A study of 2,417 regular cyclists in six European countries found cycle use can influence gender differences in perceptions and attitudes towards cycling. It highlights the need to promote cycling behaviours and for the specific needs of women to be included in the design of cycling infrastructure.
Research has shown that women cycle less compared with men and have unfavourable attitudes towards cycling. The gap between female and male bicycle use is because of several factors. For example, men report fewer barriers or constraints to cycling and have more positive attitudes to cycling compared to that of women. Women have different attitudes towards cycling infrastructure and environment (e.g. preference for streets with slower traffic speed and segregation from motor traffic) and report a high-risk perception of cycling. There are specific factors such as cycling culture and gender inequality that contribute to these gender differences. According to self-perception theory, cycling behaviour may influence attitudes to cycling as people develop attitudes from observations and own behaviour. For example, men may be less likely to report negative attitudes towards cycling because they cycle more frequently than women. A study examined gender differences in positive attitudes towards cycling in a population of 2,417 regular cyclists (i.e. cyclists who cycle at least once a month) irrespective of their membership of a community organisation. It investigated gender differences in bicycle use and cycling injuries.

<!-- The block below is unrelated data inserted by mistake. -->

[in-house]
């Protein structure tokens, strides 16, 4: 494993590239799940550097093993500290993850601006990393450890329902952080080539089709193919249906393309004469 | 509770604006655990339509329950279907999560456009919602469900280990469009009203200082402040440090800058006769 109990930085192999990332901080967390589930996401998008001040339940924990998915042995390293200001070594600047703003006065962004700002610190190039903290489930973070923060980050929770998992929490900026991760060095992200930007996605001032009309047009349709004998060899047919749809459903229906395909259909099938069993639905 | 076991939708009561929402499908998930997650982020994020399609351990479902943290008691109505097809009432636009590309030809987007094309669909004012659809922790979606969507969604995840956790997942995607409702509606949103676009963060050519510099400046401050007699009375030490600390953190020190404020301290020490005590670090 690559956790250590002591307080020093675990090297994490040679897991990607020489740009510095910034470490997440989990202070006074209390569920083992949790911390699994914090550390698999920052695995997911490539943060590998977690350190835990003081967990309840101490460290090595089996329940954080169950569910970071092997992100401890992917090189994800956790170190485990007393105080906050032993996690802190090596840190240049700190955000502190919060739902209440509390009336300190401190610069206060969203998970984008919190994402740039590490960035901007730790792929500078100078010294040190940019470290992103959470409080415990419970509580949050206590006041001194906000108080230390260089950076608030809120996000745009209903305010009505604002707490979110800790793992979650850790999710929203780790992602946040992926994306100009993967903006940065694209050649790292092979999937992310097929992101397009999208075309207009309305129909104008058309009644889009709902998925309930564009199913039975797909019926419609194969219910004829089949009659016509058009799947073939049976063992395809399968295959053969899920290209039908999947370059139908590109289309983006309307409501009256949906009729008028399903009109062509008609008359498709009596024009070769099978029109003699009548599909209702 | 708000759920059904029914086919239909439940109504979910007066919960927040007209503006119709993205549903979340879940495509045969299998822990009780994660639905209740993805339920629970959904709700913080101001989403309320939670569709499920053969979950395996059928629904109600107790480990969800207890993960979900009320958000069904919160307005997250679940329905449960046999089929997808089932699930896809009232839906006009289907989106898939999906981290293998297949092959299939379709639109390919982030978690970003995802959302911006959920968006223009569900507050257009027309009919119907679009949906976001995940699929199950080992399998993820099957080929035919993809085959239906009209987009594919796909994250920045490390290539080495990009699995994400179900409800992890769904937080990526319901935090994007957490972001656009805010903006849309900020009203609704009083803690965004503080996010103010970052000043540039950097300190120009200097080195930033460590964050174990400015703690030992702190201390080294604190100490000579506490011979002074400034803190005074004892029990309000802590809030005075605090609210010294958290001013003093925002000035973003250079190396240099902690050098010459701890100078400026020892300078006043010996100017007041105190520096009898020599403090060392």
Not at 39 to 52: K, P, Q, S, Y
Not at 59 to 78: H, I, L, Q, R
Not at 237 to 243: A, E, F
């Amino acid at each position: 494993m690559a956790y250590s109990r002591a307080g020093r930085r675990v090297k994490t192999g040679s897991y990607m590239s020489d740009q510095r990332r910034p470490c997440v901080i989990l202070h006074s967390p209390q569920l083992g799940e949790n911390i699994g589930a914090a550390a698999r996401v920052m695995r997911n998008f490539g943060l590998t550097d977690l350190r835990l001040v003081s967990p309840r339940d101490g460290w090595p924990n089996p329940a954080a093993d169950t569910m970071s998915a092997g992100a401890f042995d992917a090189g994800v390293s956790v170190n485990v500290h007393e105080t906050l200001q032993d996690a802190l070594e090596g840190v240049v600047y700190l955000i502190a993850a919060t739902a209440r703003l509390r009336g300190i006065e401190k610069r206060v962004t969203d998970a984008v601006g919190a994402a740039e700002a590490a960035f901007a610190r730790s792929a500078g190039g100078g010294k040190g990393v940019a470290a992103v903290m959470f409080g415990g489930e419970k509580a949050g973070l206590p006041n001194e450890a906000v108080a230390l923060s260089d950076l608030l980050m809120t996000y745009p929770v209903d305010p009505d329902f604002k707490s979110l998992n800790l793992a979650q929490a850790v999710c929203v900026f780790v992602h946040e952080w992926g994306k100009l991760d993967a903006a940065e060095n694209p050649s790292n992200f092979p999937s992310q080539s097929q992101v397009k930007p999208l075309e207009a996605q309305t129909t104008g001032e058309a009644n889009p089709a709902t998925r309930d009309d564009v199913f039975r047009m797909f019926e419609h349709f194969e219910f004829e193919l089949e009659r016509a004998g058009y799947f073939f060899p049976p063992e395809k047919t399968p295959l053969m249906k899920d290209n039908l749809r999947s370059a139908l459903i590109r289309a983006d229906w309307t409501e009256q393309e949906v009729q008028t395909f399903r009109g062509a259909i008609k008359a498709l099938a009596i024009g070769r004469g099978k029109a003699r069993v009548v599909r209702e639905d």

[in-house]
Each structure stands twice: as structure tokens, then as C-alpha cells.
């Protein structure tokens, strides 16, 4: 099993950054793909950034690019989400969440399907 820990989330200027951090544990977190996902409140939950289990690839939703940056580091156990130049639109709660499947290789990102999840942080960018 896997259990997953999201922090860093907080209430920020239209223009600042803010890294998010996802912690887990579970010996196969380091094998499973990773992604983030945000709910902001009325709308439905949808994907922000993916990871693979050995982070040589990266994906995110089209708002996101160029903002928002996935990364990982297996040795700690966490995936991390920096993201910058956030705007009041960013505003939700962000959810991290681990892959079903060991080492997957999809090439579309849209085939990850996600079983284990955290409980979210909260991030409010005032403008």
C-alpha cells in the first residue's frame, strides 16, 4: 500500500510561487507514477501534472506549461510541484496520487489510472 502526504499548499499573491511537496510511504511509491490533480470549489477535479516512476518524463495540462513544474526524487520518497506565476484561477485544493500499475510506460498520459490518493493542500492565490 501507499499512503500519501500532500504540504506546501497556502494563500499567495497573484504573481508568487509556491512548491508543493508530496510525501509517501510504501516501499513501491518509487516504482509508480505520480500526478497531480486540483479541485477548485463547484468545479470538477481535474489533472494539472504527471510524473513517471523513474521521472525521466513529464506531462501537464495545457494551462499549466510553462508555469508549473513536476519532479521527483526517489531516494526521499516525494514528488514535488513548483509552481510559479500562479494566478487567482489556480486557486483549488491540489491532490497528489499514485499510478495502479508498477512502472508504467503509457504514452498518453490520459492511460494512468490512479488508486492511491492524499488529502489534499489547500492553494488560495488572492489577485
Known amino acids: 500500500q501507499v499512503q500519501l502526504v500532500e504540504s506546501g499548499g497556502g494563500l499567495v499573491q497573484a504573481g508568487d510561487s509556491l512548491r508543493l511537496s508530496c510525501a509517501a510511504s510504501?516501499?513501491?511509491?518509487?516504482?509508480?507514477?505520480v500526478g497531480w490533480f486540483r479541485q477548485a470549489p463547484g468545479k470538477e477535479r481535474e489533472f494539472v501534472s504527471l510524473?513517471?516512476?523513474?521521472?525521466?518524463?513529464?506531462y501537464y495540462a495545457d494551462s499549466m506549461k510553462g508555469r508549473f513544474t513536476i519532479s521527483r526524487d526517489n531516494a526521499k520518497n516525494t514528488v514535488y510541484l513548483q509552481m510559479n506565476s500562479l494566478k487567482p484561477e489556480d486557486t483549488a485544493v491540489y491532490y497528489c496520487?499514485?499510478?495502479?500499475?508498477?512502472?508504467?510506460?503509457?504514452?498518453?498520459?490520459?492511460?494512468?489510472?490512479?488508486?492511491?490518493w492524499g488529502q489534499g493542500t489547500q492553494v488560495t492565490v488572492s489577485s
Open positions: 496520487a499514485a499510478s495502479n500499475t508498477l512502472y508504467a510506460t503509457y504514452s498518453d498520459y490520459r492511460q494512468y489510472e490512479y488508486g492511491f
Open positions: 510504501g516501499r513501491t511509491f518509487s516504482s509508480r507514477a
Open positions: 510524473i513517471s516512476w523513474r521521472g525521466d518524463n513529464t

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Source: European Commission, TRIMS